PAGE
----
In 2017 HC-One, the largest of the companies involved in social care with a net worth estimated at around £30 billion, paid out £42 million in dividends to directors and shareholders. That is money taken from local authorities (your Council Taxes) and private individuals (many of them losing their life savings to support a loved one) and transferred directly to people whose main interest in care is caring how much profit they can make.

In effect, social care is the epitome of a capitalist industry, bar the exception that they don’t actually create any value, in that whilst wanting a reduced state, they are happy to be parasitic upon state handouts. Very often we hear individual claimants described as ‘scroungers’ or ‘parasites’. But there are no greater parasites than the leeches who infect our health and social care system.

But, you might argue, these industries provide jobs. This, of course, is true. The Kings Fund estimate there are around 1.5 million people employed in social care in England alone. Counting Wales, Scotland and Northern Ireland, that is close to 2 million. That is a lot of jobs. And, the work they do is important and valuable. How valuable is probably best assessed by the wages they get paid. The average hourly pay is £8-10. Or £16-23k a year. HC-One’s top director is paid £800,000 a year. You might notice the imbalance.

Time for change

The growth in dementia, which shows no sign of abating, is fuelling the growth in social care. But, surely dementia is an illness and should be regarded no differently to any other illness? There has always been within our health professionals an attitude that if you cannot treat symptoms then it is not a medical condition at all. That has to change. And, so does the view that the opinions of families and loved ones are not important. At the same time, those who care for our most vulnerable citizens need proper remuneration and proper training (not the two half hour videos given to one carer I know).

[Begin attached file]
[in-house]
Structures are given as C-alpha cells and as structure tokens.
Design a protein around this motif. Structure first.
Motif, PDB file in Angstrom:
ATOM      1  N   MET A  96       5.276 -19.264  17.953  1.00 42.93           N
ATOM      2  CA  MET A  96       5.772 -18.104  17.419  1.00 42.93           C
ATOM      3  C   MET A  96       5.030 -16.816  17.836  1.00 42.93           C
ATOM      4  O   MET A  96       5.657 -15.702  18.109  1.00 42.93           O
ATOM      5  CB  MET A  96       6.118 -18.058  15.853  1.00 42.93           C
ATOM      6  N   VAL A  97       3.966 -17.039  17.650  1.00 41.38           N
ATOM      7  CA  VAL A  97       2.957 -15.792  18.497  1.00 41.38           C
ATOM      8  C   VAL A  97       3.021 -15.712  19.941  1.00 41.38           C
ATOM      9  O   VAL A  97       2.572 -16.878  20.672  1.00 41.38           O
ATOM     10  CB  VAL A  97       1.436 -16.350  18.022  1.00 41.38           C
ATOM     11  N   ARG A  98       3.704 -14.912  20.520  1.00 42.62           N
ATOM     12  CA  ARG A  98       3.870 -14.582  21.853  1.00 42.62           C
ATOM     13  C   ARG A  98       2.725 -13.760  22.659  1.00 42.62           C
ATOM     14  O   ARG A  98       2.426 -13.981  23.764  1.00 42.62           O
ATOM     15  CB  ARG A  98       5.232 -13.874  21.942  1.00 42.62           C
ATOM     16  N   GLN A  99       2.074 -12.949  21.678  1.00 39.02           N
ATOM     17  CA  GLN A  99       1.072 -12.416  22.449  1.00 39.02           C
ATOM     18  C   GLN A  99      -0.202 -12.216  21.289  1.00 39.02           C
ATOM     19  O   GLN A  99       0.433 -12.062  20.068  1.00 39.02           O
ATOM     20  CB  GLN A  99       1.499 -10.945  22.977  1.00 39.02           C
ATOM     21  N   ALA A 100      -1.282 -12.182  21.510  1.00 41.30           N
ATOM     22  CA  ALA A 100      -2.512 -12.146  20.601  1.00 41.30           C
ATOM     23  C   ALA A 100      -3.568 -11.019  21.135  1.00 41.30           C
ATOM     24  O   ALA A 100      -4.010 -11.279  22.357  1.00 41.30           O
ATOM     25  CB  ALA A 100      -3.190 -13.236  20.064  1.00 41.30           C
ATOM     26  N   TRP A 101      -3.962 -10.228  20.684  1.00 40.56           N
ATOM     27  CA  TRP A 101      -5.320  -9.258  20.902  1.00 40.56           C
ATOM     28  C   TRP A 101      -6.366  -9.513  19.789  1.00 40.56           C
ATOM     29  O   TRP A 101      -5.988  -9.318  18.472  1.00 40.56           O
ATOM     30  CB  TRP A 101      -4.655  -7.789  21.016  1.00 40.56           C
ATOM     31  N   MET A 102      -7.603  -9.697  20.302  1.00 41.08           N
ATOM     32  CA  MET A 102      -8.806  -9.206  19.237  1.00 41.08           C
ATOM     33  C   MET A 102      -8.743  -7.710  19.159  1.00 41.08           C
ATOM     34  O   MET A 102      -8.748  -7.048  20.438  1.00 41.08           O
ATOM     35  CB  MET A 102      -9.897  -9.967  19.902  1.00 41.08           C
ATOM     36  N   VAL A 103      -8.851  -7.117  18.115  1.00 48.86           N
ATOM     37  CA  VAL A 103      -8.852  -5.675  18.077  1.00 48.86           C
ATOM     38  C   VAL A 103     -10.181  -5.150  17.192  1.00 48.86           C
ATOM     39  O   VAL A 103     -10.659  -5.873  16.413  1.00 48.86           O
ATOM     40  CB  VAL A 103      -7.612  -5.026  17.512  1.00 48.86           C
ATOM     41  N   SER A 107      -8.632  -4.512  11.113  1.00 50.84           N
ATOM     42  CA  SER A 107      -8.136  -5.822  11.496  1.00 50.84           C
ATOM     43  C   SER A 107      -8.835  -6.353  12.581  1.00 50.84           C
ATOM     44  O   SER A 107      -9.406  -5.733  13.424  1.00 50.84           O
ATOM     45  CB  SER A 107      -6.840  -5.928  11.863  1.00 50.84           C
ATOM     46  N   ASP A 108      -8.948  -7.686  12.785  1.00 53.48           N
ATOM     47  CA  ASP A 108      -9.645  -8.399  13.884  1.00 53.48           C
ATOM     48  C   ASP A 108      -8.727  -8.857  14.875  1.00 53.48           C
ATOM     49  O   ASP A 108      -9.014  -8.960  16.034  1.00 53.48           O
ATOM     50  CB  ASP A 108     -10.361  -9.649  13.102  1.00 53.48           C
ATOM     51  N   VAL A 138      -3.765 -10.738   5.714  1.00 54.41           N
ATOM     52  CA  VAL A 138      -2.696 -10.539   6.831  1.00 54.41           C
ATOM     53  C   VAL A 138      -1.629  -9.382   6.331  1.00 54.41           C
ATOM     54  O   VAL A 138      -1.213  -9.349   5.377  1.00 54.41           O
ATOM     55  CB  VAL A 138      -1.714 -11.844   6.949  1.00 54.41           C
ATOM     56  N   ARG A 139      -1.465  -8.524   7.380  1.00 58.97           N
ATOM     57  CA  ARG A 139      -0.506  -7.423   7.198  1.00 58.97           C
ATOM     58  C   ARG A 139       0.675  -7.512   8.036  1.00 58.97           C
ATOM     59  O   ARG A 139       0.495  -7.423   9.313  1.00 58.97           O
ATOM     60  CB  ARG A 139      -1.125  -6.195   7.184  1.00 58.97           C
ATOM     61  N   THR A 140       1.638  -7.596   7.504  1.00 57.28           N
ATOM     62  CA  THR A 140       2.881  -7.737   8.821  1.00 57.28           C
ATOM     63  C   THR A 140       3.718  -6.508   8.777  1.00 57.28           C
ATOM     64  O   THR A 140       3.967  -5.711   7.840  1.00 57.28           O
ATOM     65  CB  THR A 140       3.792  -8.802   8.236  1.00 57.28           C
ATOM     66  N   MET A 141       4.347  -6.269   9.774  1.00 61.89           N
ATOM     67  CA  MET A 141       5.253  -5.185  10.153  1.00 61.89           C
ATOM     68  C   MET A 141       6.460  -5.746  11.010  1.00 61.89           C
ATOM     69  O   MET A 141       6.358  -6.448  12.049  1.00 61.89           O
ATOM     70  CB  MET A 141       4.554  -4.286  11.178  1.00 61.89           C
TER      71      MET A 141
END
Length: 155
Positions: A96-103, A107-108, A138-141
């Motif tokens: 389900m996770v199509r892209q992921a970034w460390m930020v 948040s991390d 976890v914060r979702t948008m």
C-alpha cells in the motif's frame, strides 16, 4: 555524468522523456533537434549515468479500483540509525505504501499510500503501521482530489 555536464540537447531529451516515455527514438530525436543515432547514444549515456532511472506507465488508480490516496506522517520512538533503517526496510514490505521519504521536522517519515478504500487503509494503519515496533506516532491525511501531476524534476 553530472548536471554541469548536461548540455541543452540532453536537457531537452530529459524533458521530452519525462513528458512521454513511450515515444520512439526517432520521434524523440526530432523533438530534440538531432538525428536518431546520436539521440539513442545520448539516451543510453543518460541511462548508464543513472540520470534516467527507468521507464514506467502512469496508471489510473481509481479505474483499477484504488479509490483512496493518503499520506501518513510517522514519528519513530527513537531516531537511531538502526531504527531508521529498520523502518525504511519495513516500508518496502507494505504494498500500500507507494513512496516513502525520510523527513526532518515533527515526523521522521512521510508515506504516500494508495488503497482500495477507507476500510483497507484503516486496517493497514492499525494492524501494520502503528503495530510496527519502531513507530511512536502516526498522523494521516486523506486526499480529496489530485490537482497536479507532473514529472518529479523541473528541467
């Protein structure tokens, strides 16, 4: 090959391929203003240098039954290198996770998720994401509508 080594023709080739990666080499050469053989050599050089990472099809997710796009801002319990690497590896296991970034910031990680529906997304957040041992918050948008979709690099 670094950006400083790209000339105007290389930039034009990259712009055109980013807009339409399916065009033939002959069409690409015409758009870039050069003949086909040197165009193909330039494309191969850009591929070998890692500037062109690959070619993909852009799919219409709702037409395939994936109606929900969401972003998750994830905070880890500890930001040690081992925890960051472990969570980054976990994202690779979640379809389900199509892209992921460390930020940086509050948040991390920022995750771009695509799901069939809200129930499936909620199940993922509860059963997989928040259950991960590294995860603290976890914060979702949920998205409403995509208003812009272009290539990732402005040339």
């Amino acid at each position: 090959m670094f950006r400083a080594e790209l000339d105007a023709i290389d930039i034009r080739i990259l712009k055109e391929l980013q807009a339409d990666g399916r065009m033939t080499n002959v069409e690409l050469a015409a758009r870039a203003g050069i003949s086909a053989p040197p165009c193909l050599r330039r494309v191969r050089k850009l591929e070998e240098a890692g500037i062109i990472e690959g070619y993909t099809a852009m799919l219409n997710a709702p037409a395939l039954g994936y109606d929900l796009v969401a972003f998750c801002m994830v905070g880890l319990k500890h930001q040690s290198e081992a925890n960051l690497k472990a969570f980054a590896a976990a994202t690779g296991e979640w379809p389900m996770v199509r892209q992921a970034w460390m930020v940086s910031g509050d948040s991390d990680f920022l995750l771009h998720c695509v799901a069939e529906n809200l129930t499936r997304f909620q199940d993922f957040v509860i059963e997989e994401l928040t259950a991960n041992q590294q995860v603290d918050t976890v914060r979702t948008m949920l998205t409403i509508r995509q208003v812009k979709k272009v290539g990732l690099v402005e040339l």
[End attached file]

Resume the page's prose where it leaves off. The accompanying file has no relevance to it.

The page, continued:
There is no strong case for introducing profit into healthcare at any level. Even less so in the case of social care. But, privatisation has become the answer to all our social problems. As if markets with their recurring cycles of boom and bust have proved models of efficiency. There is, within our present system, no quick and easy fix for the mess that successive governments have made of health and social care. But, just for starters we might consider the following:

  • better paid, but also better trained, staff;
  • a genuinely independent, and publicly accountable, regulatory body;
  • the total removal of the profit motive from health and social care, making provision free at the point of use and an integrated care system that was not just a smokescreen for more cuts and more privatisation.